What follows is an abridged version of the Font of the Month Club’s May mailing:
As longtime club members might recall, Bild is a straight sided sans inspired by two outlier styles found in Trade Gothic, Bold and Condensed No. 20. These styles stand apart from the majority of Jackson Burke’s famous midcentury grot, with a clunky rigidity more in line with Alternate Gothic or Railroad Gothic. Back in 2012, Sam Berlow suggested an entire family stemming from these outliers, and I’ve been toying with the idea ever since.
In September 2017, I issued Bild’s Compressed Black, where the straight sides of “round” letters like C, G, and O are well suited to the narrow, dense headlines that it is meant to set.
More recently, I’ve been curious to see what happens to those straight sides as the letters gets wider. The straight sides of those “round” letters can’t stay straight for quite as long in wider shapes, and the curves become a much more prominent element of the design.
This month I’m sending you three new widths of Bild’s Black weight, in Narrow, Condensed, and Extra Condensed.
These new styles are every bit as dense and blocky as the original, but take on a new rhythm now that things aren’t so squished together. In order to maintain this density, the stroke weight gets significantly thicker as the design gets wider.
I also tried to keep some balance of the rigid and organic forms in the typeface, contrasting straight-sided forms like c and p with the curves of s and a. My hope is that this will allow the typeface to walk the line between a “poster font” like Impact and a versatile sans serif.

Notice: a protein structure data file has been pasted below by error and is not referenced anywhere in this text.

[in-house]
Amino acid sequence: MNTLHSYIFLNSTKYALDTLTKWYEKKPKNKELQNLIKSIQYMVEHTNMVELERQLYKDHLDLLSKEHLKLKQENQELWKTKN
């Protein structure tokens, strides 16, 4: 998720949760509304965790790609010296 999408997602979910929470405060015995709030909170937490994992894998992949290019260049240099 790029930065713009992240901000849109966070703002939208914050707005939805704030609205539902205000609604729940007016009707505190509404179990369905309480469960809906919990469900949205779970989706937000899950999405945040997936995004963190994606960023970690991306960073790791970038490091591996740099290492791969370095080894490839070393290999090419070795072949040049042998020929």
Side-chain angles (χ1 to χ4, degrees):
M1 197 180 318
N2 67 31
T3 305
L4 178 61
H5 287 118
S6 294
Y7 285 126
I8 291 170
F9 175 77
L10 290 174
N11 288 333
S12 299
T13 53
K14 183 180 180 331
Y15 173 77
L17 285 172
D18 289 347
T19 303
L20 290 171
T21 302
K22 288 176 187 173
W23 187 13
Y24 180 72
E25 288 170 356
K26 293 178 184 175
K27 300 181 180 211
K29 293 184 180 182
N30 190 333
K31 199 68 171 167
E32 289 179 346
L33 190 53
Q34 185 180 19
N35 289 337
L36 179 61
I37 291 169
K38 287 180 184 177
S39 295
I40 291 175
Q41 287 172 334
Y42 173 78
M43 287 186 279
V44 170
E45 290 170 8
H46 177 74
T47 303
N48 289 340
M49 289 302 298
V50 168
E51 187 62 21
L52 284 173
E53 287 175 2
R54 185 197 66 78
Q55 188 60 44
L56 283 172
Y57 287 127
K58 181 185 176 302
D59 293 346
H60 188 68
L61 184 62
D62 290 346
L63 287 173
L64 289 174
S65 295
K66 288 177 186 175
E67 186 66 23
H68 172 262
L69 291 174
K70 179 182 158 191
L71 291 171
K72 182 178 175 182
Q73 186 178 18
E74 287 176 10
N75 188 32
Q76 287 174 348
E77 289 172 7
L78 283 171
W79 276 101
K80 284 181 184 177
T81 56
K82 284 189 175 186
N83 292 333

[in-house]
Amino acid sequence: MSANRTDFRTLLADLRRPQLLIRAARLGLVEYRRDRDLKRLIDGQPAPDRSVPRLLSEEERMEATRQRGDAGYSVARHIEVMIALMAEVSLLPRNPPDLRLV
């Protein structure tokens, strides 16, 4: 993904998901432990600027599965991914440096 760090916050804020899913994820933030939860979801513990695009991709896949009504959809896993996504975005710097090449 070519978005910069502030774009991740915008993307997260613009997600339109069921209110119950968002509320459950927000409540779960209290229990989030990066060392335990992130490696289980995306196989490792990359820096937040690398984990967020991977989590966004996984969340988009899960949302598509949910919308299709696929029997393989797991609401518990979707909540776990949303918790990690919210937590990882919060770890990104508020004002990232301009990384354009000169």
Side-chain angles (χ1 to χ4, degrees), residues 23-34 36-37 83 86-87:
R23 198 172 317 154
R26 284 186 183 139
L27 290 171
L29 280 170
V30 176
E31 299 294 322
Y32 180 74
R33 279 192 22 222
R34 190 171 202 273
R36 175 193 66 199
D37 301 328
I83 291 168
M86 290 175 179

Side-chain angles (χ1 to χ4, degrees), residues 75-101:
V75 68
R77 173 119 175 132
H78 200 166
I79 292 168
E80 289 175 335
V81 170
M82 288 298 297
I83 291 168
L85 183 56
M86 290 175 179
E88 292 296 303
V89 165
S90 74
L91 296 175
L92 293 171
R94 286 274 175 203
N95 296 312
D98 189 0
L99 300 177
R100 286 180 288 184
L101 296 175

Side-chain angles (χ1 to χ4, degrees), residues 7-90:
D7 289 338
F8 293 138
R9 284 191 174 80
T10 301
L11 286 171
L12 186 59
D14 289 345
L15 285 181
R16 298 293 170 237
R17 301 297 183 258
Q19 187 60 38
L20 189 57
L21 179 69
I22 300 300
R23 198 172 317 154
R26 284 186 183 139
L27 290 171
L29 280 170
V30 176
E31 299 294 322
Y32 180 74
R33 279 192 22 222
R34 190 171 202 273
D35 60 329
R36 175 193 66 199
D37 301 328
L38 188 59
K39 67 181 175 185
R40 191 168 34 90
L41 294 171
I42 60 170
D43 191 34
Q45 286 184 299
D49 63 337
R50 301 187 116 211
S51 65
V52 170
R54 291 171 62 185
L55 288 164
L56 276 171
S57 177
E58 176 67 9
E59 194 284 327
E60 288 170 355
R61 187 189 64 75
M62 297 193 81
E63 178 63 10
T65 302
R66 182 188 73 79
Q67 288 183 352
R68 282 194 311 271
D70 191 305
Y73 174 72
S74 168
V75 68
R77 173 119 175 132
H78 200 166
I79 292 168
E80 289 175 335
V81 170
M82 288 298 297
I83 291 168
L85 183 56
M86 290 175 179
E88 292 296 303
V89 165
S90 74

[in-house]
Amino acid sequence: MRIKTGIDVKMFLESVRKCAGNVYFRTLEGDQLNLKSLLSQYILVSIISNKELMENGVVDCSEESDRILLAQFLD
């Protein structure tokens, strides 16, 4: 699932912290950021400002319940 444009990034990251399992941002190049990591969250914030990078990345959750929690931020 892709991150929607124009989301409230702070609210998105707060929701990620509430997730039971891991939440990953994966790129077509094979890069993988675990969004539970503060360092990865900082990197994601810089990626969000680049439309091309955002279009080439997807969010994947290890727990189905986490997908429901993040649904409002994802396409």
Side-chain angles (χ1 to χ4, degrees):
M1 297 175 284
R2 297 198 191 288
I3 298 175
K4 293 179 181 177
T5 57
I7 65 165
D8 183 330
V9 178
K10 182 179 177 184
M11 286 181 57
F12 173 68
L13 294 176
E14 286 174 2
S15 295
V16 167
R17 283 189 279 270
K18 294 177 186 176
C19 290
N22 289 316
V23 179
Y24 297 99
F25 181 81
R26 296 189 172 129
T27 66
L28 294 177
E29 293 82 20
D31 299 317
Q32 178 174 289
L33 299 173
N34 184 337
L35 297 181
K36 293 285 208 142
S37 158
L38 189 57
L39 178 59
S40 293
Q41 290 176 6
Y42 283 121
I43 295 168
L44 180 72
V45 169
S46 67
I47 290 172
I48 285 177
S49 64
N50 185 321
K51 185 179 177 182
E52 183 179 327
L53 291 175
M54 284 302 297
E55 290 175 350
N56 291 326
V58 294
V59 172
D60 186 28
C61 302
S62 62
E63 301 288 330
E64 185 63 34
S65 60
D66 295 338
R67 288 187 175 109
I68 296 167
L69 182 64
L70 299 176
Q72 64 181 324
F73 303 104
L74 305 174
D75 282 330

I’ve also included a Bild Variable font that covers the entire width range between Compressed and Narrow. Even though this is a relatively straightforward design, it still threw me a few unexpected curveballs along the way.
If you look at the Ty pair below, you can see that the y tucks underneath the T but that becomes impossible as the T’s crossbar gets heavier. This meant that I couldn’t rely on linear interpolation for these kern pairs across. Instead, I had to create a separate set of “kerning alternates” that allow the lowercase letters to snap out from underneath the T at the exact moment that they run out of room.
Likewise, I gave some special treatment to the dot on the i. In narrower widths, it aligns with the height of the uppercase letters, dipping below the lowercase l in an unintentional homage to Herb Lubalin’s Families logo. As the stem weight gets wider and the dot gets more elongated, it made sense to snap it up to align with the ascending lowercase letters instead.
And here what it looks like in Illustrator so you can see the feature variations for T and i in action:
Bild Widths is the twenty-fifth installment of the Font of the Month Club 🎉, available to members this May. Memberships go for as little as $6/month, so with a four-width headline sans like Bild as your first get, the subscription kind of pays for itself immediately! Sign up today!!